Work on your job-search techniques if you’ve been fired

175207152Have you been fired? Losing a job is never an easy topic to discuss, particularly if you were fired. As uncomfortable as it is, being fired does not have to jeopardize your entire career. In fact, being fired is less damaging than in it used to be.

First, let’s determine whether you were fired or laid off, and it’s an important distinction. Here’s what I mean.

Not too long ago , a job seeker announced they had been fired. Then, they described being laid off along with three other people in the department. Either way, they were out of work, but the words they used when describing their job loss conjured up different scenarios.

A layoff can occur at any time. A company changes direction, shifting finances lead to a reduction in staff, or a merger leads to duplication of jobs. You’re really not in control in this situation. Most employers understand layoffs are part of the job landscape, and they’re not viewed as red flags.

Being fired indicates there was a reason, and is usually associated with some violation of policy or a performance issue. If you have been fired, take the time to process what happened and reconcile the situation before presenting it to potential employers. The emotional component to being fired can take some time to work through.

If you have been fired you need to be prepared to talk about it with confidence.  Be brief and honest. Honesty does not mean you go into details of who said what and how things could have been better. It means answering the question with integrity. If your previous employer agreed to let you resign, then by all means say you resigned.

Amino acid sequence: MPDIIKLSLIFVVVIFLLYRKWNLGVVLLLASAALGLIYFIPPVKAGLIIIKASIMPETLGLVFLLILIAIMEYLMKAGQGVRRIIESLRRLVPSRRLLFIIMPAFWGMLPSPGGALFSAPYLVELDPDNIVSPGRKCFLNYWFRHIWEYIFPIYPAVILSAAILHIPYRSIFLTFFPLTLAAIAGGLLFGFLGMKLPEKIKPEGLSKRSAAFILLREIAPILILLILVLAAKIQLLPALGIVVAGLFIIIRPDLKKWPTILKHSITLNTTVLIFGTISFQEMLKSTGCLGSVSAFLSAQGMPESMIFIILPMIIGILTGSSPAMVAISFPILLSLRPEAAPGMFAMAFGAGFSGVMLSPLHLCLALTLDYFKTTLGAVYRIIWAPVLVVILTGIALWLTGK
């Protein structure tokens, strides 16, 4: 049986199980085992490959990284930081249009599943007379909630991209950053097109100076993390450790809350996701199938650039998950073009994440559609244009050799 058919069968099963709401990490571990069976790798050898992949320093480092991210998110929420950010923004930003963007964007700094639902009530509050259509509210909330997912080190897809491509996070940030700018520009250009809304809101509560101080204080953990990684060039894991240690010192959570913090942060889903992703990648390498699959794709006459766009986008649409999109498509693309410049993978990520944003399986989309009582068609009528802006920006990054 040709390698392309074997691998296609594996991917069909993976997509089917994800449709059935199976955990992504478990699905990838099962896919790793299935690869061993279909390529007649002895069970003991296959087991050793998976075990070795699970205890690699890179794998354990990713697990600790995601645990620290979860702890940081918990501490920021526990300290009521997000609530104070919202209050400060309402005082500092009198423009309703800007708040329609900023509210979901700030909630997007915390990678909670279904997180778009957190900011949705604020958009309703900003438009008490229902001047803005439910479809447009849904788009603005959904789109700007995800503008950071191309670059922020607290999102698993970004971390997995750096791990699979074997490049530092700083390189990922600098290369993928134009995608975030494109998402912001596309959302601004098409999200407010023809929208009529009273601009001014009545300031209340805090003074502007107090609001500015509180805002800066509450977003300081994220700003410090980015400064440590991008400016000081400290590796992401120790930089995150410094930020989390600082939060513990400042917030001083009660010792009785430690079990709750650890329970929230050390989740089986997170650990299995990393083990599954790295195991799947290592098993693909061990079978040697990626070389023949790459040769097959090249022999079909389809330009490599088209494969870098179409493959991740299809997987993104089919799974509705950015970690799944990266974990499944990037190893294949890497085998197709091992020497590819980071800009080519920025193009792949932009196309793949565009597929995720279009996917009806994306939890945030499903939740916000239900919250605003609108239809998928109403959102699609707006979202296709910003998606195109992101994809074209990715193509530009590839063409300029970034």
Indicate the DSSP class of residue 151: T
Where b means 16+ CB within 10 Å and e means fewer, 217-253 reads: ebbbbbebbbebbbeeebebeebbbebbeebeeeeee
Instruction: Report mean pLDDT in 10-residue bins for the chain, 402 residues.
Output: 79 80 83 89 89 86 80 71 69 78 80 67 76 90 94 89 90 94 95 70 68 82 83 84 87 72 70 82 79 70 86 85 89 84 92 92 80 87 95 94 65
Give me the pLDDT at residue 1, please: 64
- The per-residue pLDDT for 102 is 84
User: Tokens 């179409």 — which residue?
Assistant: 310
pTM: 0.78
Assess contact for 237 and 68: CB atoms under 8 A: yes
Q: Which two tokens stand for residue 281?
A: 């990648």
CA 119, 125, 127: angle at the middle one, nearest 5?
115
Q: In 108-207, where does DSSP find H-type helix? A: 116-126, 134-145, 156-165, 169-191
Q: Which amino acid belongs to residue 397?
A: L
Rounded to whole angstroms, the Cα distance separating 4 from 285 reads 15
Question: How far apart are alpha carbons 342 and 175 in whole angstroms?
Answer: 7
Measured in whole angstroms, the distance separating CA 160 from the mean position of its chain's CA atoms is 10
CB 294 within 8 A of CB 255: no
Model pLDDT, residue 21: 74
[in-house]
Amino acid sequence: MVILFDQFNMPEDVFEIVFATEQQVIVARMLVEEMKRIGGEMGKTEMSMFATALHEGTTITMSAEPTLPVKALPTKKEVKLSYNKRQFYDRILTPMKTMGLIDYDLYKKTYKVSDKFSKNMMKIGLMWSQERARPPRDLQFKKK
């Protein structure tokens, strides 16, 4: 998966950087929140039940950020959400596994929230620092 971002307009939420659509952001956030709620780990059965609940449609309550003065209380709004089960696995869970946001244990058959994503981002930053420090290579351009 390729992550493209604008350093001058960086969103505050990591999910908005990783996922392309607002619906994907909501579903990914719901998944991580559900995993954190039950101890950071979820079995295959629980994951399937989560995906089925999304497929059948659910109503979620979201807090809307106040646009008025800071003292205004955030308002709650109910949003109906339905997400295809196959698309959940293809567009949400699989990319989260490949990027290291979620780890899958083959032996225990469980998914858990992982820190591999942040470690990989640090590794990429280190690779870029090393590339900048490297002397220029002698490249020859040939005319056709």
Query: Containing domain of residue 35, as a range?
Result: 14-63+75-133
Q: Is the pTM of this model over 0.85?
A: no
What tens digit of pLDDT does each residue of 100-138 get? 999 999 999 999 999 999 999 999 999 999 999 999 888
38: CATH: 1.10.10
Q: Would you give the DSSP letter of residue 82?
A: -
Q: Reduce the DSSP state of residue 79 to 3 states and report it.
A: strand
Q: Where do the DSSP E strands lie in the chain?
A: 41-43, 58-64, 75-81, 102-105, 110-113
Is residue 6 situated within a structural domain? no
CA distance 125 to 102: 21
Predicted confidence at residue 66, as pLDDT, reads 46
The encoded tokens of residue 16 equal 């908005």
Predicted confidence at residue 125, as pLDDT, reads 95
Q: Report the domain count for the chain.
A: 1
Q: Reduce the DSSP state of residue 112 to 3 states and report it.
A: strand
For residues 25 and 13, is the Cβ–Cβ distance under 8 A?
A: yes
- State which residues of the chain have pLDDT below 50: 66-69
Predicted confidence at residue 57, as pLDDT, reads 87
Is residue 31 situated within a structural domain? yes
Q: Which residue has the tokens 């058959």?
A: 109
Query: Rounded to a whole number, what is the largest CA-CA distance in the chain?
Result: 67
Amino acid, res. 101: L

One strategy is to be on the offensive, and briefly explain what happened. You might say, “I had a long history with the company and enjoyed contributing to their success, however it was time for us to make a change.”  Move on to talking about what you have learned and where you want to apply your interests.  Most employers will not ask for details, because on any given day  employers are reducing their workforces or hiring.

Whatever you do, do not speak badly about your previous employer because an interviewer visualizes how you would behave as their employee. This is why it is important to process what happened before you start your job search.

If you have had a long history with an employer and were recently fired, most employers will take that into consideration. Your references also will  serve as an important source of creditability during your transition.

Being fired is difficult, but it does not define who you are or your next career steps. You can recover and spring back to a new opportunity, if you take the time to process and plan.

How did you handle interviews if you’d been fired?

Kim Thompson